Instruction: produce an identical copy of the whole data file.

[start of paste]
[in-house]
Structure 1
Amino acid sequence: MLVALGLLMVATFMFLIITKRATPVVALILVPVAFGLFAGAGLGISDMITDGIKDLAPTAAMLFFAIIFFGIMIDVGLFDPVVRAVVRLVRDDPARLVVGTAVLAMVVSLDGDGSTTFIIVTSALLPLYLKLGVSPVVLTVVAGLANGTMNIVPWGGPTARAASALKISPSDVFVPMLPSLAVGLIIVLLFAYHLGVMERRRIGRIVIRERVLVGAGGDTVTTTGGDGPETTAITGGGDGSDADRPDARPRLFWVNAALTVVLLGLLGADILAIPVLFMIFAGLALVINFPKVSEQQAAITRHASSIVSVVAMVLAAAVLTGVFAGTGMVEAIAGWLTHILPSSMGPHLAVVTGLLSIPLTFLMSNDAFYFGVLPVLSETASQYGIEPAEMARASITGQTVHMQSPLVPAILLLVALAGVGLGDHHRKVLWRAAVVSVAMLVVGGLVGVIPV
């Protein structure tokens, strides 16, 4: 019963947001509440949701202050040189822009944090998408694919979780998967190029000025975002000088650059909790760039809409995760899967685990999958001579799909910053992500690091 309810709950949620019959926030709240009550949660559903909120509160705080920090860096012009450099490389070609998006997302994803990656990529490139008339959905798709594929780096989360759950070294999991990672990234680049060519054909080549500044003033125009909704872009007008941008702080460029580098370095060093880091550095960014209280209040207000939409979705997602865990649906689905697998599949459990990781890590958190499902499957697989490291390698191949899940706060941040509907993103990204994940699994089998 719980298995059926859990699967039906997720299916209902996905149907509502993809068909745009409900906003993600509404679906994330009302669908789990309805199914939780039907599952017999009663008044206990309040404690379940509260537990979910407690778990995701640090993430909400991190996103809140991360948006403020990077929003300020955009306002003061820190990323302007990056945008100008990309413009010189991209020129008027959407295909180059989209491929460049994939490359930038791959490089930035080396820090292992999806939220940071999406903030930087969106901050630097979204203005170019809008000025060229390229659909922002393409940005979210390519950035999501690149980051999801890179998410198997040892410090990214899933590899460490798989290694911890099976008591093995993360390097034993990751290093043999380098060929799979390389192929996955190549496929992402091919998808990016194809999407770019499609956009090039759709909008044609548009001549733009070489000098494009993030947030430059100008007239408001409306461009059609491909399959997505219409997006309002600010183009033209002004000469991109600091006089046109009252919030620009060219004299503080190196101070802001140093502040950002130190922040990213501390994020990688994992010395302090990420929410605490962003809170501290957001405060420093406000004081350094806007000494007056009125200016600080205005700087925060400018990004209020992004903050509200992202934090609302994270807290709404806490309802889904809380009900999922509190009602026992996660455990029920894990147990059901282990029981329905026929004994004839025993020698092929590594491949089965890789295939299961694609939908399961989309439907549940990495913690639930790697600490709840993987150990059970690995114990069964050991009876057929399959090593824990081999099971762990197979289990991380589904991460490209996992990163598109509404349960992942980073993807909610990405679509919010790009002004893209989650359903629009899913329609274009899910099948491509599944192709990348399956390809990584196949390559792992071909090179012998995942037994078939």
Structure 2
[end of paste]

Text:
[in-house]
Structure 1
Amino acid sequence: MLVALGLLMVATFMFLIITKRATPVVALILVPVAFGLFAGAGLGISDMITDGIKDLAPTAAMLFFAIIFFGIMIDVGLFDPVVRAVVRLVRDDPARLVVGTAVLAMVVSLDGDGSTTFIIVTSALLPLYLKLGVSPVVLTVVAGLANGTMNIVPWGGPTARAASALKISPSDVFVPMLPSLAVGLIIVLLFAYHLGVMERRRIGRIVIRERVLVGAGGDTVTTTGGDGPETTAITGGGDGSDADRPDARPRLFWVNAALTVVLLGLLGADILAIPVLFMIFAGLALVINFPKVSEQQAAITRHASSIVSVVAMVLAAAVLTGVFAGTGMVEAIAGWLTHILPSSMGPHLAVVTGLLSIPLTFLMSNDAFYFGVLPVLSETASQYGIEPAEMARASITGQTVHMQSPLVPAILLLVALAGVGLGDHHRKVLWRAAVVSVAMLVVGGLVGVIPV
């Protein structure tokens, strides 16, 4: 019963947001509440949701202050040189822009944090998408694919979780998967190029000025975002000088650059909790760039809409995760899967685990999958001579799909910053992500690091 309810709950949620019959926030709240009550949660559903909120509160705080920090860096012009450099490389070609998006997302994803990656990529490139008339959905798709594929780096989360759950070294999991990672990234680049060519054909080549500044003033125009909704872009007008941008702080460029580098370095060093880091550095960014209280209040207000939409979705997602865990649906689905697998599949459990990781890590958190499902499957697989490291390698191949899940706060941040509907993103990204994940699994089998 719980298995059926859990699967039906997720299916209902996905149907509502993809068909745009409900906003993600509404679906994330009302669908789990309805199914939780039907599952017999009663008044206990309040404690379940509260537990979910407690778990995701640090993430909400991190996103809140991360948006403020990077929003300020955009306002003061820190990323302007990056945008100008990309413009010189991209020129008027959407295909180059989209491929460049994939490359930038791959490089930035080396820090292992999806939220940071999406903030930087969106901050630097979204203005170019809008000025060229390229659909922002393409940005979210390519950035999501690149980051999801890179998410198997040892410090990214899933590899460490798989290694911890099976008591093995993360390097034993990751290093043999380098060929799979390389192929996955190549496929992402091919998808990016194809999407770019499609956009090039759709909008044609548009001549733009070489000098494009993030947030430059100008007239408001409306461009059609491909399959997505219409997006309002600010183009033209002004000469991109600091006089046109009252919030620009060219004299503080190196101070802001140093502040950002130190922040990213501390994020990688994992010395302090990420929410605490962003809170501290957001405060420093406000004081350094806007000494007056009125200016600080205005700087925060400018990004209020992004903050509200992202934090609302994270807290709404806490309802889904809380009900999922509190009602026992996660455990029920894990147990059901282990029981329905026929004994004839025993020698092929590594491949089965890789295939299961694609939908399961989309439907549940990495913690639930790697600490709840993987150990059970690995114990069964050991009876057929399959090593824990081999099971762990197979289990991380589904991460490209996992990163598109509404349960992942980073993807909610990405679509919010790009002004893209989650359903629009899913329609274009899910099948491509599944192709990348399956390809990584196949390559792992071909090179012998995942037994078939």
Structure 2